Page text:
Critical Port of Anchorage expansion stalls as costs skyrocket

It's an Alaska-sized boondoggle that could affect the cost of almost everything bought, sold or built in the Last Frontier. After spending hundreds of millions of dollars and years of work to expand the Port of Anchorage, the project remains stalled, with much of the work completed needing to be re-done.

Work was supposed to be finished this summer, but the planned 6,000-foot expansion of the port -- which handles most of the goods that come into Alaska -- remains in limbo.

Construction stopped in 2010, and the Municipality of Anchorage is looking for a company to take on the project. The federal agency initially charged with managing the work was recently eviscerated in a DOT Inspector General report and wants to pull out. Plus funding needed to finish the job hasn't been secured.

90% of Alaska goods pass through port

The Port of Anchorage sits on the northern edge of Cook Inlet, near the mouth of Ship Creek. The first dock was built in 1915, and a year later construction began on the nearby Alaska Railroad, ensuring that the port would become a major hub of economic activity in Alaska.

After the 1964 earthquake almost completely destroyed the port in Seward -- 127 miles to the south -- Anchorage's port became the main receiver of Alaska goods and now accounts for as much as 90 percent of everything that comes into the state. Ships and barges dock there, and unload everything from food and diapers to raw construction materials.

Chances are, anything purchased in an Alaska city or village started its Alaska journey at the port.

"It is not just important to Anchorage, it really is Alaska's port," said Anchorage Mayor Dan Sullivan.


As the state has grown, the port has become too small to keep up -- prompting the expansion. When it comes to shipping, bigger is usually better -- and cheaper, too. The port needs to add bigger docks to accommodate larger barges and ships commonly used for marine transportation. It also needs room for bigger cranes -- to unload the shipping containers brought up by those boats.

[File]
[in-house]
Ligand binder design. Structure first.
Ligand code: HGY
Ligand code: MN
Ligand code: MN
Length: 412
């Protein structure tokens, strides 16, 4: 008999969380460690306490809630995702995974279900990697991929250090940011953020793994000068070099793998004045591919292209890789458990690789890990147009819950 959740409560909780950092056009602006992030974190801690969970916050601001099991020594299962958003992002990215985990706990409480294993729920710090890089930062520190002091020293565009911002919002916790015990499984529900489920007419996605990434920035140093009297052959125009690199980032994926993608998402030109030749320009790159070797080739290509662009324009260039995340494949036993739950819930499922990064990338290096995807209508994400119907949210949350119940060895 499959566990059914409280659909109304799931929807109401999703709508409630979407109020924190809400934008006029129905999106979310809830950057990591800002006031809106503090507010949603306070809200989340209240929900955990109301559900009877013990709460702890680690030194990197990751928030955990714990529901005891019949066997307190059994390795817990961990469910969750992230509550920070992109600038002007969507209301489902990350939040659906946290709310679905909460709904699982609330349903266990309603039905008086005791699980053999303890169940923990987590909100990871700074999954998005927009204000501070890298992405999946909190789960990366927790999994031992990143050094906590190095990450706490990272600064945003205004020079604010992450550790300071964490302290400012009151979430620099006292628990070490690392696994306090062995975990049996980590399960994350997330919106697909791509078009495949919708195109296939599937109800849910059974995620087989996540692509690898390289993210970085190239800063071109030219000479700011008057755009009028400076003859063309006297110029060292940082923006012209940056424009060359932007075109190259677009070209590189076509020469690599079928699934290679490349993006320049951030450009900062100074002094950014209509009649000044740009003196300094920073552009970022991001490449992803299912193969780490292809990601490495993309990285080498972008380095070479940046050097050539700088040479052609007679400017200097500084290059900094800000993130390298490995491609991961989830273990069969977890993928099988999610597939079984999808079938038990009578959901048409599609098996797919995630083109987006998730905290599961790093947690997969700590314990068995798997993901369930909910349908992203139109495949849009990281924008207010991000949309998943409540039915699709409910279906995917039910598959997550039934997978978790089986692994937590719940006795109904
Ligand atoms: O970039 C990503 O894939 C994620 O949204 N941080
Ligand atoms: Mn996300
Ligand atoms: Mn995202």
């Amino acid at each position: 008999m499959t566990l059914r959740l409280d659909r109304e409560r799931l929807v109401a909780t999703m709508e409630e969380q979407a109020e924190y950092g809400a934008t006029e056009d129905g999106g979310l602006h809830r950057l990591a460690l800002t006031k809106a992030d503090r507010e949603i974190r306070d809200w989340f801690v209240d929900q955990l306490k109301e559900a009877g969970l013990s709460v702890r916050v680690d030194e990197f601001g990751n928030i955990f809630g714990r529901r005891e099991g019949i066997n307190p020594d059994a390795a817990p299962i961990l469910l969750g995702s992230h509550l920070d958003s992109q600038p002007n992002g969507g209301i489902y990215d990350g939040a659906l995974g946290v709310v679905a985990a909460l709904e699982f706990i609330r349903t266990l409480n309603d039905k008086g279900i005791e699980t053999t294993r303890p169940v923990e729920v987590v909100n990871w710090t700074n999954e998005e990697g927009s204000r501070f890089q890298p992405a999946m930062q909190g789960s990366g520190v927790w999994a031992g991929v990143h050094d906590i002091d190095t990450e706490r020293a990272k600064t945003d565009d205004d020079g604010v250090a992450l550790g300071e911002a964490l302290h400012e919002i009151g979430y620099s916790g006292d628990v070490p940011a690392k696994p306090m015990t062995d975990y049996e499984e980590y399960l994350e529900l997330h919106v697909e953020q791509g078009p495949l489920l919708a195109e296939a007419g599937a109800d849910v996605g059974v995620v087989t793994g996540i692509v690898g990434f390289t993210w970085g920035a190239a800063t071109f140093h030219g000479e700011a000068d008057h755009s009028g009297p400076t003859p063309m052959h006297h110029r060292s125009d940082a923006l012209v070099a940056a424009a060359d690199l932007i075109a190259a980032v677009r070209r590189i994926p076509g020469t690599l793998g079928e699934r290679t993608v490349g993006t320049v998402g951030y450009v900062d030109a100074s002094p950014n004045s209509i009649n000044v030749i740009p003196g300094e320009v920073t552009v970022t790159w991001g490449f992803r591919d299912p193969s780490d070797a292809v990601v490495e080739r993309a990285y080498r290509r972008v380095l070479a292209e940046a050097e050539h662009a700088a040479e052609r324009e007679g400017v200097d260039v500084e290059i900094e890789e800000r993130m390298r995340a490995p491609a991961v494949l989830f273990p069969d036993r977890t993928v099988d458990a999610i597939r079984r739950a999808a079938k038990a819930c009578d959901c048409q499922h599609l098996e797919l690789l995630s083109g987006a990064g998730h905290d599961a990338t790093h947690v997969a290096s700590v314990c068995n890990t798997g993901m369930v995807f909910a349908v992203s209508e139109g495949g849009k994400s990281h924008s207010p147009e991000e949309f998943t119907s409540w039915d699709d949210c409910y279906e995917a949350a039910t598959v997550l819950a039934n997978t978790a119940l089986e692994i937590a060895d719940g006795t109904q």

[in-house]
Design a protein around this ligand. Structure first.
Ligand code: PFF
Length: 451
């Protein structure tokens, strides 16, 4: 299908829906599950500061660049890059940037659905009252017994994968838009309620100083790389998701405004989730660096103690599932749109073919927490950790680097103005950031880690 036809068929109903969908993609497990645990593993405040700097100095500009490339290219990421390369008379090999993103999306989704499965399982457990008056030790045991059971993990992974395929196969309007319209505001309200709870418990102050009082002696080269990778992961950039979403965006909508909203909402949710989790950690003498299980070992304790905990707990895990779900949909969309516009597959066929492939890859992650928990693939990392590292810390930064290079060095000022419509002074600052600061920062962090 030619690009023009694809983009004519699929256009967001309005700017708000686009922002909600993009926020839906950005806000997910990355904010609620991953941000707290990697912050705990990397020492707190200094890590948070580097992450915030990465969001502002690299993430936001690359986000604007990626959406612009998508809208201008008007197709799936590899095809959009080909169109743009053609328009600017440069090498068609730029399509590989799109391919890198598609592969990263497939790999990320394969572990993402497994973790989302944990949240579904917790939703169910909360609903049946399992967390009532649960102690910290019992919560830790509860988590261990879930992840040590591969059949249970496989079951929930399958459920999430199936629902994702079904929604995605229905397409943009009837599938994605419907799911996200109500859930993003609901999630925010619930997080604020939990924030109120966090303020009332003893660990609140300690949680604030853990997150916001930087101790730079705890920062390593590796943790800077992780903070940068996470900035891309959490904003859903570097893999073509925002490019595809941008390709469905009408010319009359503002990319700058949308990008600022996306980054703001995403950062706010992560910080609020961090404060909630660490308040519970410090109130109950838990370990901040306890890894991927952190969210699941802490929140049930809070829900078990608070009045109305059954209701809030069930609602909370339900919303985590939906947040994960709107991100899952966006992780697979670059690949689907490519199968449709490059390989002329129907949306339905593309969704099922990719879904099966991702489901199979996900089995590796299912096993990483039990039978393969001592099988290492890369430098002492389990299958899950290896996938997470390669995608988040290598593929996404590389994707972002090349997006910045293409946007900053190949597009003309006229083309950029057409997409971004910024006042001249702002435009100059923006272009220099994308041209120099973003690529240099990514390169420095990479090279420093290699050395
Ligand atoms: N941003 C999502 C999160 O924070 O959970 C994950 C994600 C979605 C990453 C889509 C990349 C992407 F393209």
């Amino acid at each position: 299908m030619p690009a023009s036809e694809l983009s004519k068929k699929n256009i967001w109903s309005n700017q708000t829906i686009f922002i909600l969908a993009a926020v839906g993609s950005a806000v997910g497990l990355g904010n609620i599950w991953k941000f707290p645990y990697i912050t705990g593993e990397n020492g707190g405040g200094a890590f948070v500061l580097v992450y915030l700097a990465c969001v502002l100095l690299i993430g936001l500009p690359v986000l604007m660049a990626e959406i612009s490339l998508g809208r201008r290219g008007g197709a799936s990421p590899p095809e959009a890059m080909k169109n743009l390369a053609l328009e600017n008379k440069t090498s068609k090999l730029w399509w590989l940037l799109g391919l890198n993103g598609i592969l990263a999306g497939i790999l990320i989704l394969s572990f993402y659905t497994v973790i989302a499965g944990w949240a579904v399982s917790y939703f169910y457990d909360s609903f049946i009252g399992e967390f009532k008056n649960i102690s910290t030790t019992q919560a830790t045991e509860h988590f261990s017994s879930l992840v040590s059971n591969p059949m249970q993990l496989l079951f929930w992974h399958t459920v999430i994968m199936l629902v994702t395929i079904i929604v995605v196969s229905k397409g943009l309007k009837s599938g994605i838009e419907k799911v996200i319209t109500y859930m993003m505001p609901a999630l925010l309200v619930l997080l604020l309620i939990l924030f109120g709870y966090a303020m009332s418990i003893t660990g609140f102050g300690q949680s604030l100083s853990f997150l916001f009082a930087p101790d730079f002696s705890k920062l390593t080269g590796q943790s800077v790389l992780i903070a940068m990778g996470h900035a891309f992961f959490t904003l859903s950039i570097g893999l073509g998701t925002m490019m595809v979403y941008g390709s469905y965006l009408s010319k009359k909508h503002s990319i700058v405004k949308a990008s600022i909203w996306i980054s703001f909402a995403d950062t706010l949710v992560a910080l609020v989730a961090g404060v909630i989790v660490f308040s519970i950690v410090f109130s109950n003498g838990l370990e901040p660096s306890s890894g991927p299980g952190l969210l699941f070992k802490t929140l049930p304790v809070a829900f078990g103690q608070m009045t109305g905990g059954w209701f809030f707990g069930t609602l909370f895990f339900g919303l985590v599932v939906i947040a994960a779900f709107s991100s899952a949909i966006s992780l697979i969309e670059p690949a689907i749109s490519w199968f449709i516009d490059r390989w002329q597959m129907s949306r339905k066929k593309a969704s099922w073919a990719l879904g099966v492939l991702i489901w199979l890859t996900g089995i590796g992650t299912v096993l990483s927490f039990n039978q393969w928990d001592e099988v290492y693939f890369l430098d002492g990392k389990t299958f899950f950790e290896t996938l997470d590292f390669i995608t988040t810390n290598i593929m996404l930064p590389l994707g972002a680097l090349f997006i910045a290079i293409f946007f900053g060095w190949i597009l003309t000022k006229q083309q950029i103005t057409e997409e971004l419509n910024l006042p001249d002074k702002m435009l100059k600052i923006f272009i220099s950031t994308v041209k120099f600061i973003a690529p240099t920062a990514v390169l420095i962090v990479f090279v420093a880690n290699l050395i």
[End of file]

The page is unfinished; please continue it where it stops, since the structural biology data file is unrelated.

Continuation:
Because the port is bordered by the city of Anchorage and Joint Base Elmendorf-Richardson -- a sprawling Army and Air Force Base -- there is little room to expand. So a project began to create land by driving sheets of metal into the Cook Inlet silt and backfilling with rock and dirt. But almost since its inception, the project has been plagued by construction problems, delays and cost overruns as the estimated price tag ballooned from $271 million to almost $1 billion.

Mishandled, mismanaged

At a Friday press conference, Anchorage Mayor Dan Sullivan, highlighted the Inspector General's findings that the federal Maritime Administration (MARAD) -- a little-known branch of the Department of Transportation -- mishandled and mismanaged the Anchorage port work. MARAD was tasked with the job because the port was declared a national security interest, and because much of the funding was came from federal coffers.

The report found that the agency did not establish itself as the lead agency, erred in handing off technical and management responsibility to the city, and mismanaged information about the project to the extent that it could not say, for certain, how federal funds were used and where the money went. To date, about $300 million -- a combination of federal, state, and municipal funds -- has been spent on the project -- and its estimated cost has skyrocketed. Sullivan also released the results of a third-party engineering study that found that both the design and construction was fatally flawed. The city is suing Integrated Concepts and Research Corp. (ICRC) and PND Engineers Inc. because the metal sheets put into the silt to create more land were damaged and crushed during installation.

"Much of that work has to be pulled out and redone," Sullivan said.

The city has issued a request for proposals to find a firm able and willing to finish the port expansion project. And, even though MARAD wants out of the Anchorage port project, the agency may find it will be required to stick it out. Mayor Sullivan said that MARAD, as the federal agency of record, will have to be part of the expansion.

Who will pay remains unclear.

"Future funding is going to depend on confidence in the team that's managing the project going forward," Sullivan said. "I think that we will establish that they will have great confidence in both our team here at the municipality and whatever professional team we hire as project managers," Sullivan said.

Contact Sean Doogan at sean(at)

Sean Doogan

Sean Doogan is a former reporter for Alaska Dispatch and Alaska Dispatch News.